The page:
Daedalus catches cyber-attacks realtime

Jun 20, 2012 by Nancy Owano report

(Phys.org) -- Japan's National Institute of Information and Communications Technology (NICT) has developed a national cyber-attack alert system that can render network attacks as visible in realtime. The system, announced earlier this month and showcased at Interop Tokyo 2012, is called Daedalus, standing for Direct Alert Environment for Darknet and Livenet Unified Security. The system views computers for any suspicious activity and if it spots an attack it can visualize its progression as it moves through the network. It sees how data flows through the network and looks for inconsistencies.

Where administrators may have to comb through hundreds of lines of server logs to isolate a problem, the Daedalus system can reveal where attackers are focusing their of packets, as a stream of arrows moving along iridescent lines.

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According to a NICT video on DigInfo TV, “the sphere in the center represents the Internet, and the circles moving around it represent networks under observation. The state of an attack is shown using 3-D graphics, and can be viewed from any perspective.”

Today's cyber-attacks represent an assortment of malware via USB memory stick, mail attachments, and zero-day exploits. Daedalus can act as an alert system for the cyber-attacks; it can see if a USB flash drive with a virus infects a machine, for example. Daedalus can identify and isolate the malignant traffic on-screen, sending an email to support staff and displaying a red alert through its user interface.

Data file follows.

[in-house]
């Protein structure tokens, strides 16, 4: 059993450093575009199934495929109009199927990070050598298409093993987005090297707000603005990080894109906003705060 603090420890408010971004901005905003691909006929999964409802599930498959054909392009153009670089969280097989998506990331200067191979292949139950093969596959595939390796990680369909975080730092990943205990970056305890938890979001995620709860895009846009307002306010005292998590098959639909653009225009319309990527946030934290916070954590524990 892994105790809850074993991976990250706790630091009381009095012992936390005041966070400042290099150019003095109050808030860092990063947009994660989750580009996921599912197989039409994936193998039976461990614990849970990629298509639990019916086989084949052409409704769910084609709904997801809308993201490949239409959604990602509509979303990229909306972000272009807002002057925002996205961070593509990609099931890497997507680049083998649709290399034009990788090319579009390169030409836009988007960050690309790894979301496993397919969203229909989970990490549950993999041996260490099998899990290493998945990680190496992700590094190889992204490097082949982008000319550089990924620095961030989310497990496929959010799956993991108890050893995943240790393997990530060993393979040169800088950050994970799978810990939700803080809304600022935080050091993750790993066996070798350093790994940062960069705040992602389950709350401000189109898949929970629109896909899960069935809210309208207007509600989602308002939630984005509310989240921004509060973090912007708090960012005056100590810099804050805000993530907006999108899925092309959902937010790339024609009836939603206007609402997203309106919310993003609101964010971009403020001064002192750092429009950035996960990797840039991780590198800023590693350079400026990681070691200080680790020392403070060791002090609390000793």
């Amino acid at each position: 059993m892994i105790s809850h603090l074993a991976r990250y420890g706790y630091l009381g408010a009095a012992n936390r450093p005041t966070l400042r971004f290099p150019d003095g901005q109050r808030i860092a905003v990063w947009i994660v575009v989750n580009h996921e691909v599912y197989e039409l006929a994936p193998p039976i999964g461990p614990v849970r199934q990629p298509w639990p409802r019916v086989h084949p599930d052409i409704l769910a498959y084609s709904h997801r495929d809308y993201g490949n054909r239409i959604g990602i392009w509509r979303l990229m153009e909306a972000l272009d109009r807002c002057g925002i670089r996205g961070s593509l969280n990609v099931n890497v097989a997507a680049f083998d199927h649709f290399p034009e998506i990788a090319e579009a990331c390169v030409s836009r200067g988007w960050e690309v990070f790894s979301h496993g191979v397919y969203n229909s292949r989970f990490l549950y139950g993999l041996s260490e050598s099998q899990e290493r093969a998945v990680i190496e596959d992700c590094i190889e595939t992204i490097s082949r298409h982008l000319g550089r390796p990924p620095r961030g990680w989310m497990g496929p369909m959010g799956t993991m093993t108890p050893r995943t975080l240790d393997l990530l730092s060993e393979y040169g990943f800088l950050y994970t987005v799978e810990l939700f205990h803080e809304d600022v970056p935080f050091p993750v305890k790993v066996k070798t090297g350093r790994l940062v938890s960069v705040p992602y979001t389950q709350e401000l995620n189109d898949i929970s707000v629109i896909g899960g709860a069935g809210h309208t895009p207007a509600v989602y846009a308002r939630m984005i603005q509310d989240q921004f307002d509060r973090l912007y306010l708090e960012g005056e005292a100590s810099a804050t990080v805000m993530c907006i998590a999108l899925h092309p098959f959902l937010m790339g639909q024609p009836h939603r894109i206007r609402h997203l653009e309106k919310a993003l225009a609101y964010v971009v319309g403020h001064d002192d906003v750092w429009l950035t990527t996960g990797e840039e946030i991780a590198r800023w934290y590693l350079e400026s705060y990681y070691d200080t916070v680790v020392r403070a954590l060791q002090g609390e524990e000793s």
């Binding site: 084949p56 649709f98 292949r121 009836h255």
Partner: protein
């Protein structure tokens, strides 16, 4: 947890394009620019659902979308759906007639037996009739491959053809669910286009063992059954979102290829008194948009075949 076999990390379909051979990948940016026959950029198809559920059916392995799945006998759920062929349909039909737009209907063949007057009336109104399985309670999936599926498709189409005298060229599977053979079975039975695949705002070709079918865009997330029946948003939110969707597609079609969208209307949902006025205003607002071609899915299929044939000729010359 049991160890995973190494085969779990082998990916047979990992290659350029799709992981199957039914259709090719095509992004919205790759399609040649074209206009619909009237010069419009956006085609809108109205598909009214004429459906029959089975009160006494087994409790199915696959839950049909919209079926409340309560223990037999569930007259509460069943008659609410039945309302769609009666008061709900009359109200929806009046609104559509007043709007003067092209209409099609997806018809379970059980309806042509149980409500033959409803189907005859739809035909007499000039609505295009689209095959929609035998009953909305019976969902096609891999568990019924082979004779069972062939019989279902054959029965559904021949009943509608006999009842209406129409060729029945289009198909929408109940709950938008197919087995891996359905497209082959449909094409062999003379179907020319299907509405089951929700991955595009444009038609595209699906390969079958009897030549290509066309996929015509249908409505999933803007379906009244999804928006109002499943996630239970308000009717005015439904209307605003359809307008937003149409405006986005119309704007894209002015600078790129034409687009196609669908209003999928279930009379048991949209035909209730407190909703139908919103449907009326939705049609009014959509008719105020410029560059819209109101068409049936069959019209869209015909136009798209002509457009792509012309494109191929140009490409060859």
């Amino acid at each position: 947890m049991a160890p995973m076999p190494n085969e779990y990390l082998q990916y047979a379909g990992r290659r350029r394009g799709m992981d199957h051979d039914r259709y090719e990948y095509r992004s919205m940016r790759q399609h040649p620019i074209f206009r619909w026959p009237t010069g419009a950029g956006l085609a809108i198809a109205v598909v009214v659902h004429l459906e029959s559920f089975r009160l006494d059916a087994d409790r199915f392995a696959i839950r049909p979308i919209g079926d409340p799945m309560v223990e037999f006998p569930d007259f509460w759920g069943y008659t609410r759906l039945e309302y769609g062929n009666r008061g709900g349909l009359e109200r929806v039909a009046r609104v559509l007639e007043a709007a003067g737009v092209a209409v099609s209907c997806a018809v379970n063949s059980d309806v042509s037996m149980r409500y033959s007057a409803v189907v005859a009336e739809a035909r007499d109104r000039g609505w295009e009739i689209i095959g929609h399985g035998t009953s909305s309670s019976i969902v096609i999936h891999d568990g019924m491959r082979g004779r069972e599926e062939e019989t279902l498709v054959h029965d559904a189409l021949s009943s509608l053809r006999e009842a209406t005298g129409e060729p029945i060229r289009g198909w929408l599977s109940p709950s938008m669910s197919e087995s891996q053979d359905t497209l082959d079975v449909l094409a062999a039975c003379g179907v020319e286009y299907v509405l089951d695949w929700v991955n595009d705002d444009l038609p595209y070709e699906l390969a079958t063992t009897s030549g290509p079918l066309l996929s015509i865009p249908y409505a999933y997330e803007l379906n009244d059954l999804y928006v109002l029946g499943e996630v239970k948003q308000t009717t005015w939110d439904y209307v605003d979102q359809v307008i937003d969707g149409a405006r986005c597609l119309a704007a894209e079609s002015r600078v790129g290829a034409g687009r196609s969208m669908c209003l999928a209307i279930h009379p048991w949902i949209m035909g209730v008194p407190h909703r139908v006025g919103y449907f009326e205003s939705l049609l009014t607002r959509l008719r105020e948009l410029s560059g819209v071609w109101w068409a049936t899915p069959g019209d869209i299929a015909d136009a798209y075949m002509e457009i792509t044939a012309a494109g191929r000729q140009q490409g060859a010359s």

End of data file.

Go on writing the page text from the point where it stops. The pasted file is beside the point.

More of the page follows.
Further descriptions of an attack showing up realtime are provided in the video demo:”The blue part in this organization shows IP addresses that are used, and the black part shows addresses that are not used. This character indicates an alert. When you click on the alert, a message showing the cause appears. In this case, only two packets have been sent. But because the packets go from an address that's used to an address that's not used, this indicates that a virus is starting to spread within the organization." The system sends out an alert, saying, 'This IP address of yours is spreading a virus using this protocol at this time'."

Daedalus is designed to be used together with conventional systems, to improve security within organizations. "We previously created a system called nicter for observing cyber-attacks. We also built an observation network in , called the Darknet Observation Network, to cover IP addresses not used in nicter,” said a NICT source in the video.

The nicter is a system for early detection and in-depth analysis of cyber-attacks. That word stands for Network Incident Analysis Center for Tactical Emergency Response.

NICT is to provide Daedalus free of charge to educational institutions where nicter sensors can be installed. NICT will also transfer access to the system to Clwit, a company described as a Tokyo-based business providing Internet security countermeasures. According to reports, Clwit will develop it into the product, SiteVisor.

Explore further: MIT groups develop smartphone system THAW that allows for direct interaction between devices

More information:
via Diginfo

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User comments : 5

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antialias_physorg
3 / 5 (2) Jun 20, 2012
Damn that looks slick. Seems like they watched a lot of "Ghost in the Shell" before designing the GUI. I like it.
Musashi
not rated yet Jun 20, 2012
My thoughts exactly.
technodiss
not rated yet Jun 20, 2012
that's what i like to see; more sci-fi in my sci-nonfi.
so what happens when you network these systems together?
Alcedine
5 / 5 (1) Jun 21, 2012
I've a sneaky suspicion that this has been marketed as a useful visualization tool via afterthought, and actually started out as some guy setting out to make cyberspace look like what he thinks cyberspace should look like.

(I agree with him on that, by the way.)
jimsworldsandiego
not rated yet Jun 21, 2012
Really impressive. If this could be set up on a web hosting company's network management server (before the router) this would would change the world (at least my world).